Most of us don’t talk about our personal finances. It’s one of the last subjects we speak openly and honestly about. But when bankruptcy is considered the first thing everyone one asks is – ‘Who will find out about my bankruptcy’?
When you file an Assignment in Bankruptcy it is public information. The Industry Canada website will have the record that you have filed. However, it’s not likely that the public (or your family and friends) will find out. To access that information someone would have to put your name in a search at the Industry Canada website. Each name searched costs eight dollars.
Will my boss or co-workers find out?
Again, probably not unless you already have a garnishment of your wages. If that is the case your employer will receive a stay of proceedings so that they won’t be able to garnish your wages any longer.
When you file an Assignment in Bankruptcy your Trustee isn’t going to tell anyone unless they need to. Your creditors will need to know and will be told that you have filed.
When Does a Notice in the Newspaper Appear?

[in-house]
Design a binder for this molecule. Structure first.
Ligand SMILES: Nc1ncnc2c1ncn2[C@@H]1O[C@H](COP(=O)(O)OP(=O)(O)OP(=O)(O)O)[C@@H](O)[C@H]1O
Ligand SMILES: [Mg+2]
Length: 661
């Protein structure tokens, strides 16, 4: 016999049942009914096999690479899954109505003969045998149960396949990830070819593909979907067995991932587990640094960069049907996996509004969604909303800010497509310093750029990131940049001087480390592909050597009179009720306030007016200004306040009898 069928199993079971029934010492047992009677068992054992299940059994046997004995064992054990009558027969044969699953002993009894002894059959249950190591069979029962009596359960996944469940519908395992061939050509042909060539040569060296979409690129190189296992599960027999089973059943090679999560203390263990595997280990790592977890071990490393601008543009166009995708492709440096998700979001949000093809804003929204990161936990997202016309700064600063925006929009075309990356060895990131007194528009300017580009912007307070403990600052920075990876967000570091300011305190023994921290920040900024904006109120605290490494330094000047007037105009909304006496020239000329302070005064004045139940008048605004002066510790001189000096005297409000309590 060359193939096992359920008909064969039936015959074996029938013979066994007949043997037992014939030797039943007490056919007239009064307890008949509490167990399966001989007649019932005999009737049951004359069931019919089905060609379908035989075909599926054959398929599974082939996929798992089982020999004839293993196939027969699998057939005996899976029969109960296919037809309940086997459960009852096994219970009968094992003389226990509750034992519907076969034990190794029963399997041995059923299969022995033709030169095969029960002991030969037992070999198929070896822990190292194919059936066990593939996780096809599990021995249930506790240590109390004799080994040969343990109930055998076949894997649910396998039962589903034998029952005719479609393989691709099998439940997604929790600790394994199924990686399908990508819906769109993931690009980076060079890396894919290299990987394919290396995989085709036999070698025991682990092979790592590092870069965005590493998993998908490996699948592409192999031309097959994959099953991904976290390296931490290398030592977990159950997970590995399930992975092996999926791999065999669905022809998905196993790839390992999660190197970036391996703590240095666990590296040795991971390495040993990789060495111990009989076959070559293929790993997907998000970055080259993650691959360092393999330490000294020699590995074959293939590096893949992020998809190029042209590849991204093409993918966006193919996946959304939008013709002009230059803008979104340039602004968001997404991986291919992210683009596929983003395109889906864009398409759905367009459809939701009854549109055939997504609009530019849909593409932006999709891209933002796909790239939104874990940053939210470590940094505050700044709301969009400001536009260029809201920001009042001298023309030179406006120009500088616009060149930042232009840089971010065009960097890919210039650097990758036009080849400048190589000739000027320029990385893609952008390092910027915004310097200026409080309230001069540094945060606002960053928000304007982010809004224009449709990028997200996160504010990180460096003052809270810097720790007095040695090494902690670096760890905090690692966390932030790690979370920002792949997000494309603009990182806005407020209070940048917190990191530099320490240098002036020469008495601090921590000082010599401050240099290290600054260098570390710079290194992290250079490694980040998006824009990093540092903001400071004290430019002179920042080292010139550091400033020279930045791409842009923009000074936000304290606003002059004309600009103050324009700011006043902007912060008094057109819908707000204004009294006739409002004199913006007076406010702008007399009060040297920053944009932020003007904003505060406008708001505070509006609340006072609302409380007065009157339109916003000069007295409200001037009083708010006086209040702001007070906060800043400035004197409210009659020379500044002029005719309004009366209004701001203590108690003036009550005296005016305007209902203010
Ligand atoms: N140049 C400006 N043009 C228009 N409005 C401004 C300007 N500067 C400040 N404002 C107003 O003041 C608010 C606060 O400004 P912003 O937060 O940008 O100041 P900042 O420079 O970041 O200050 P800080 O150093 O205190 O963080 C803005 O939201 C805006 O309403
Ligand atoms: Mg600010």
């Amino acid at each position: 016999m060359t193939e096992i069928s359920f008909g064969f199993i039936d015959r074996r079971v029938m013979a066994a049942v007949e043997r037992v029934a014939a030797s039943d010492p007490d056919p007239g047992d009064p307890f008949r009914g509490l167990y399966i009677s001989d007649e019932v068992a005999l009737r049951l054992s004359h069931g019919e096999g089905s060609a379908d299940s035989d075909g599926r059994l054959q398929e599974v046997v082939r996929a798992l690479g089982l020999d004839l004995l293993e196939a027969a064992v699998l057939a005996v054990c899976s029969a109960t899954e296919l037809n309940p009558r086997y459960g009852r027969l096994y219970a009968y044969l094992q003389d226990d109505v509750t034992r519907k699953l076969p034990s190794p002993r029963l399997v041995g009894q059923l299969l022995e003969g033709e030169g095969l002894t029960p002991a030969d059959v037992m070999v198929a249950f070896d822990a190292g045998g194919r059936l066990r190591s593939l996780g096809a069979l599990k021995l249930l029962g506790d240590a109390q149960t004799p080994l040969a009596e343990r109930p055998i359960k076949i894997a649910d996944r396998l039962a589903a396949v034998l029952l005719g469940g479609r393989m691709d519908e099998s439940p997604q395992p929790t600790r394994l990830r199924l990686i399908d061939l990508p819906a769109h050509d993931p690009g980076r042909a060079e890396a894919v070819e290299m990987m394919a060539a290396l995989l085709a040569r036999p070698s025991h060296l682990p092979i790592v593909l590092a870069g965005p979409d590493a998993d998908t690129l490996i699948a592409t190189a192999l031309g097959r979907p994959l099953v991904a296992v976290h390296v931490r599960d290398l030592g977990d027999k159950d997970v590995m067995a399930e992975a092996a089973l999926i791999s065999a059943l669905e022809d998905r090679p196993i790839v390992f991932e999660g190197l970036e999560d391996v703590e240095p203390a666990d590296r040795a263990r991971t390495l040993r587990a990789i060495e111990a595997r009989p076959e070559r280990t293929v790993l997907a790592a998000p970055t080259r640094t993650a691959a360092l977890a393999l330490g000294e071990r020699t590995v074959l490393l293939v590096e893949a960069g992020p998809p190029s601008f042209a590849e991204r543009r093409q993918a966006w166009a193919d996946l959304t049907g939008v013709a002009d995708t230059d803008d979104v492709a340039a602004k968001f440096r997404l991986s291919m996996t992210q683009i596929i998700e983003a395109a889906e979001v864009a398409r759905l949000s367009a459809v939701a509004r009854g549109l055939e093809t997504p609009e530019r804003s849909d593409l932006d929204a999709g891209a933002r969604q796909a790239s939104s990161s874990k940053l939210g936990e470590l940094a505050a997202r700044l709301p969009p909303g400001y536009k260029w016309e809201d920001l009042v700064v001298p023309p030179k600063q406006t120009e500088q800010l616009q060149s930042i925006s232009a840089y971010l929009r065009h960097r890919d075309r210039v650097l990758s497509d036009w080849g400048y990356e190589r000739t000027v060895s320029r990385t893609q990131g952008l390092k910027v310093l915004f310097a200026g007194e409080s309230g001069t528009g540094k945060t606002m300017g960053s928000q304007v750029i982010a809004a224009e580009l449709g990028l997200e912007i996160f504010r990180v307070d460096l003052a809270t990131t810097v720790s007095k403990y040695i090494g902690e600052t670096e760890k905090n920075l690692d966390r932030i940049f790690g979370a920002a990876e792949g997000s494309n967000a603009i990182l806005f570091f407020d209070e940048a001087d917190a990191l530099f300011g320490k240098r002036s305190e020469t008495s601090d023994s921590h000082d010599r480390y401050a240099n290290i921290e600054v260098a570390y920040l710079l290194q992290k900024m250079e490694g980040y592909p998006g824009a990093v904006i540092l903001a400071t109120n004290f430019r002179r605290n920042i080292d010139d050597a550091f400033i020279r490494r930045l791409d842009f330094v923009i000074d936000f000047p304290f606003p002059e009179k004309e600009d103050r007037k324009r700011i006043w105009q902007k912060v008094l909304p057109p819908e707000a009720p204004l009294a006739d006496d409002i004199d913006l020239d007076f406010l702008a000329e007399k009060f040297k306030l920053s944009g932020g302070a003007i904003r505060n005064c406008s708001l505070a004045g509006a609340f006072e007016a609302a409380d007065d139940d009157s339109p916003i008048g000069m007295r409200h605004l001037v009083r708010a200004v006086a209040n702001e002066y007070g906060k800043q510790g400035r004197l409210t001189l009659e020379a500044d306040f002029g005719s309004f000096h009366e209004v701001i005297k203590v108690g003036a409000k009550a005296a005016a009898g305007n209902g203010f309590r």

There are two kinds of personal bankruptcies an individual can file:
1) Ordinary administration bankruptcy
2) Summary administration bankruptcy
The bankruptcy and insolvency act requires a trustee to place a notice in the local newspaper if the amount of money coming into the estate is going to be in excess of $15,000. This is to make sure that anyone who is owed money gets a chance to file a claim in the bankruptcy. This is called an Ordinary administration bankruptcy.
But most people file a summary administration bankruptcy where the amount of money coming into the estate will be less than $15,000. In this case a bankruptcy notice is not placed in the newspaper.
A Fresh Start
A personal bankruptcy allows you, the honest debtor, to start over with a clean slate. To get back on track and start to save for a secure financial future. There should be no shame in using the Canadian bankruptcy legislation for this purpose.